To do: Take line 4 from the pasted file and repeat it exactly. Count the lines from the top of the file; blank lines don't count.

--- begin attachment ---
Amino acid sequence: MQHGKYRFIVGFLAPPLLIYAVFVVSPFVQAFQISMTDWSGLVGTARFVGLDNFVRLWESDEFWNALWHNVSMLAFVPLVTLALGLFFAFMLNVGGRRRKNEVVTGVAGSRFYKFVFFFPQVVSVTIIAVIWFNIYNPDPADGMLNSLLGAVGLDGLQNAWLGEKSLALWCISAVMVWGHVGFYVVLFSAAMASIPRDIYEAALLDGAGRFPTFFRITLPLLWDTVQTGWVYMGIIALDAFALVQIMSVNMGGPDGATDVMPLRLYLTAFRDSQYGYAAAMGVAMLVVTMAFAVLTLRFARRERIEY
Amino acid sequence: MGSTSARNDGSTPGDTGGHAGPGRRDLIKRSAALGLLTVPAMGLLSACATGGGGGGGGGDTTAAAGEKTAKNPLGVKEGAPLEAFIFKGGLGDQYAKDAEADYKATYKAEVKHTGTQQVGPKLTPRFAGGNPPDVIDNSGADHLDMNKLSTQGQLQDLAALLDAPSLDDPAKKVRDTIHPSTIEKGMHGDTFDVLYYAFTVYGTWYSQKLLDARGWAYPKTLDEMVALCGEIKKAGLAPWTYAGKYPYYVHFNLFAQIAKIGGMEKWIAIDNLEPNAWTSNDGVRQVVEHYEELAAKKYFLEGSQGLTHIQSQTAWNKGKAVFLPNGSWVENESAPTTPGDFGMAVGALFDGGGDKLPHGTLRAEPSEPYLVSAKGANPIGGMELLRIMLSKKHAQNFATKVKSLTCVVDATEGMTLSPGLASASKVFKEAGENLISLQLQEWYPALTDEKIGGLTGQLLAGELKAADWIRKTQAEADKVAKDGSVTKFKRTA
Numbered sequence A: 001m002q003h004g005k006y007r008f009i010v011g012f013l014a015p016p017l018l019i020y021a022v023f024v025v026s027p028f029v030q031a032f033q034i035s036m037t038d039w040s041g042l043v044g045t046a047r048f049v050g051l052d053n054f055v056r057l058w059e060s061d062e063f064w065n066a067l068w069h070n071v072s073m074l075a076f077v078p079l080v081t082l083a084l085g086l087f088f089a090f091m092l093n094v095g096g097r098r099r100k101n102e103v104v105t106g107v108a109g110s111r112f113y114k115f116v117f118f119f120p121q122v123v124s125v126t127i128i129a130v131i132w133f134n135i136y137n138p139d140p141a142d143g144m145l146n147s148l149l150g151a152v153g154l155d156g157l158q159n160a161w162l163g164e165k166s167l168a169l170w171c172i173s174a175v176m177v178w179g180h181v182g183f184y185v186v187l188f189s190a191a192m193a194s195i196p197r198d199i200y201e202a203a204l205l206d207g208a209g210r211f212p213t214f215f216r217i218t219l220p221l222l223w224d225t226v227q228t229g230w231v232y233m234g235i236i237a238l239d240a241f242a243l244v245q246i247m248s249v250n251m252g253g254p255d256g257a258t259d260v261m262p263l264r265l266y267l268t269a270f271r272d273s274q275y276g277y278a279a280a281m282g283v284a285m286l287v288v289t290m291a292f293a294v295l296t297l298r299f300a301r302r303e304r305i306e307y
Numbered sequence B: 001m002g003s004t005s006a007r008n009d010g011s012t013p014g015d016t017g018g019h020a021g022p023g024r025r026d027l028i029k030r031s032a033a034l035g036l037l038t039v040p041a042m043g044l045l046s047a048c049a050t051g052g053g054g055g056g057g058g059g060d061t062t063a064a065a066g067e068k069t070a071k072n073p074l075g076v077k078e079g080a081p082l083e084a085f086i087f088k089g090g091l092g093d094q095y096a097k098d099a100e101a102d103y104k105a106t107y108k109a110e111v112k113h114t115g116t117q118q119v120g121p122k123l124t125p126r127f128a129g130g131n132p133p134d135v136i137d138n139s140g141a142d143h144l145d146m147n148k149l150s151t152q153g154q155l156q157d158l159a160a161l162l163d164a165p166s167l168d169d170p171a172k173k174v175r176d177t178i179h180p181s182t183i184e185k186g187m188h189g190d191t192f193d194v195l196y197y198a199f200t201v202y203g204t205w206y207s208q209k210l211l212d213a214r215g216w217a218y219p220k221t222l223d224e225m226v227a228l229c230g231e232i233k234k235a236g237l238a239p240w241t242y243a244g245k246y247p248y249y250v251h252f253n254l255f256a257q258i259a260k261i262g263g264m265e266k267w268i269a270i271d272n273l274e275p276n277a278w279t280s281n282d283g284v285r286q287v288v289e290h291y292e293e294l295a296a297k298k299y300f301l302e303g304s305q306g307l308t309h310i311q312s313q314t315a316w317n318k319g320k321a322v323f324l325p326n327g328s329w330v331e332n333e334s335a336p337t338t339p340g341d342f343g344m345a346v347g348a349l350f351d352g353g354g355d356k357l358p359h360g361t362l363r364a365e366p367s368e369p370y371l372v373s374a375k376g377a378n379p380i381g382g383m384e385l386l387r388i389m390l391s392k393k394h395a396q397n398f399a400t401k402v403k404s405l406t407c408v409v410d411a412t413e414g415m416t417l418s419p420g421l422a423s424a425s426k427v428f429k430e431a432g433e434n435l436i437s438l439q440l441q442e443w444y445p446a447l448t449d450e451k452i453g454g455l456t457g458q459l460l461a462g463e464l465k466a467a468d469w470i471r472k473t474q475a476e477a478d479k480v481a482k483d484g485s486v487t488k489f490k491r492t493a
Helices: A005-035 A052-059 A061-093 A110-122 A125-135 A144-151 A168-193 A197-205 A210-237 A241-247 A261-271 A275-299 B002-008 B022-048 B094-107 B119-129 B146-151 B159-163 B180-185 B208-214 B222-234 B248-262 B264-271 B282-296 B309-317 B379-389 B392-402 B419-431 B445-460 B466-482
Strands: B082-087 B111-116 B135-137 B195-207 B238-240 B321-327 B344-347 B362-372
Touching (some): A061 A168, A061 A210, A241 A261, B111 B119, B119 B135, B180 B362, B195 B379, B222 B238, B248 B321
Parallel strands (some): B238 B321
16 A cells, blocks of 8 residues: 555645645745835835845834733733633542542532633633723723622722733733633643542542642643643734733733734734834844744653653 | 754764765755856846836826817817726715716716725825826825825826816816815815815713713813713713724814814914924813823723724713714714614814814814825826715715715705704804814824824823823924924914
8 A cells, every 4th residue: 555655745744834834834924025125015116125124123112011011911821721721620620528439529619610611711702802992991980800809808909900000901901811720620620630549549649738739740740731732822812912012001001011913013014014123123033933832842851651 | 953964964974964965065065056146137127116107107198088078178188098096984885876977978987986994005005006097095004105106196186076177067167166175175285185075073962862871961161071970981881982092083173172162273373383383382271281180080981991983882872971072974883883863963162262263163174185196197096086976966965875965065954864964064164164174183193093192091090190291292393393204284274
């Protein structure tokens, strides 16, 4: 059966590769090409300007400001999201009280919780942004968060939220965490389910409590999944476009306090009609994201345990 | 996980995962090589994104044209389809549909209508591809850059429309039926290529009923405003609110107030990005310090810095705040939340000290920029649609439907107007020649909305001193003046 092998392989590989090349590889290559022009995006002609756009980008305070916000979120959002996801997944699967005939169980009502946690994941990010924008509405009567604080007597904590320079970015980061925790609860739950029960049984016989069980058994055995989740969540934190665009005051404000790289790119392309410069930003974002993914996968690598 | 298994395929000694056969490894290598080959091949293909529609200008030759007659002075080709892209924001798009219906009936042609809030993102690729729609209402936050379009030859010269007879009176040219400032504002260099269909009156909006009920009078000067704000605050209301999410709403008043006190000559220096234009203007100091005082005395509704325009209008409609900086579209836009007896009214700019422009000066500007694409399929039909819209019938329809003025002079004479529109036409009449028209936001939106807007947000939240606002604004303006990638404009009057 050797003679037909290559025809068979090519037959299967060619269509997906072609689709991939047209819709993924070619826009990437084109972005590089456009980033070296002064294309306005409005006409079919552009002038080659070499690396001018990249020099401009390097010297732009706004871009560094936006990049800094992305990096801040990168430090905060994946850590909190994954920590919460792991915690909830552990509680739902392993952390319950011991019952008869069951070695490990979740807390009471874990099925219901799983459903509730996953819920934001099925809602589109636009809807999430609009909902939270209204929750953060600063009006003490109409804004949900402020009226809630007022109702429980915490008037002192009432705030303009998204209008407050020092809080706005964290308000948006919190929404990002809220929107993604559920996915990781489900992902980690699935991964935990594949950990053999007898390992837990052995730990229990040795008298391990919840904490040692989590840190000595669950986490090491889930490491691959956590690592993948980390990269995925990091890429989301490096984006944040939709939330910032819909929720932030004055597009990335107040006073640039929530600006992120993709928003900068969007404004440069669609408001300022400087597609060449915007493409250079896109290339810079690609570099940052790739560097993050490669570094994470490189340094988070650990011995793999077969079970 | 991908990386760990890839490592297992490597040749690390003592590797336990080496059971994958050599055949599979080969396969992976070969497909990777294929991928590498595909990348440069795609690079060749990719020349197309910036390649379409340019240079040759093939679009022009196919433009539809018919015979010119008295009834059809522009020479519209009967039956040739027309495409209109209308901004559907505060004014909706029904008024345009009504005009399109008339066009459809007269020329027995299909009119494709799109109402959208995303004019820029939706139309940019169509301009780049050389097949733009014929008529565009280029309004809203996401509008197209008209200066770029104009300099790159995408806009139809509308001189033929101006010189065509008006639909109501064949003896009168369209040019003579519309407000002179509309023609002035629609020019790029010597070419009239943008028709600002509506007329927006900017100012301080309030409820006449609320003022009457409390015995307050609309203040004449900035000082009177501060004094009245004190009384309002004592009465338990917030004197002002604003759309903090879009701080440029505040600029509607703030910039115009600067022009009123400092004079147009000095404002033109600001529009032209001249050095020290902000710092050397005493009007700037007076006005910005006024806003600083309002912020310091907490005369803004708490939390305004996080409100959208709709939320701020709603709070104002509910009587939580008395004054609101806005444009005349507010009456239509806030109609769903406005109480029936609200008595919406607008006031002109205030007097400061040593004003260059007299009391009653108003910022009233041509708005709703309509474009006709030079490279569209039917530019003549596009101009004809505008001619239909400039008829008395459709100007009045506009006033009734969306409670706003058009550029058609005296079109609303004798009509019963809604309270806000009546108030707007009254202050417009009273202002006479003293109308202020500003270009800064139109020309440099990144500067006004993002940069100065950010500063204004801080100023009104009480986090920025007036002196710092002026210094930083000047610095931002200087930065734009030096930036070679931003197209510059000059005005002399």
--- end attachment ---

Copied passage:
Numbered sequence B: 001m002g003s004t005s006a007r008n009d010g011s012t013p014g015d016t017g018g019h020a021g022p023g024r025r026d027l028i029k030r031s032a033a034l035g036l037l038t039v040p041a042m043g044l045l046s047a048c049a050t051g052g053g054g055g056g057g058g059g060d061t062t063a064a065a066g067e068k069t070a071k072n073p074l075g076v077k078e079g080a081p082l083e084a085f086i087f088k089g090g091l092g093d094q095y096a097k098d099a100e101a102d103y104k105a106t107y108k109a110e111v112k113h114t115g116t117q118q119v120g121p122k123l124t125p126r127f128a129g130g131n132p133p134d135v136i137d138n139s140g141a142d143h144l145d146m147n148k149l150s151t152q153g154q155l156q157d158l159a160a161l162l163d164a165p166s167l168d169d170p171a172k173k174v175r176d177t178i179h180p181s182t183i184e185k186g187m188h189g190d191t192f193d194v195l196y197y198a199f200t201v202y203g204t205w206y207s208q209k210l211l212d213a214r215g216w217a218y219p220k221t222l223d224e225m226v227a228l229c230g231e232i233k234k235a236g237l238a239p240w241t242y243a244g245k246y247p248y249y250v251h252f253n254l255f256a257q258i259a260k261i262g263g264m265e266k267w268i269a270i271d272n273l274e275p276n277a278w279t280s281n282d283g284v285r286q287v288v289e290h291y292e293e294l295a296a297k298k299y300f301l302e303g304s305q306g307l308t309h310i311q312s313q314t315a316w317n318k319g320k321a322v323f324l325p326n327g328s329w330v331e332n333e334s335a336p337t338t339p340g341d342f343g344m345a346v347g348a349l350f351d352g353g354g355d356k357l358p359h360g361t362l363r364a365e366p367s368e369p370y371l372v373s374a375k376g377a378n379p380i381g382g383m384e385l386l387r388i389m390l391s392k393k394h395a396q397n398f399a400t401k402v403k404s405l406t407c408v409v410d411a412t413e414g415m416t417l418s419p420g421l422a423s424a425s426k427v428f429k430e431a432g433e434n435l436i437s438l439q440l441q442e443w444y445p446a447l448t449d450e451k452i453g454g455l456t457g458q459l460l461a462g463e464l465k466a467a468d469w470i471r472k473t474q475a476e477a478d479k480v481a482k483d484g485s486v487t488k489f490k491r492t493a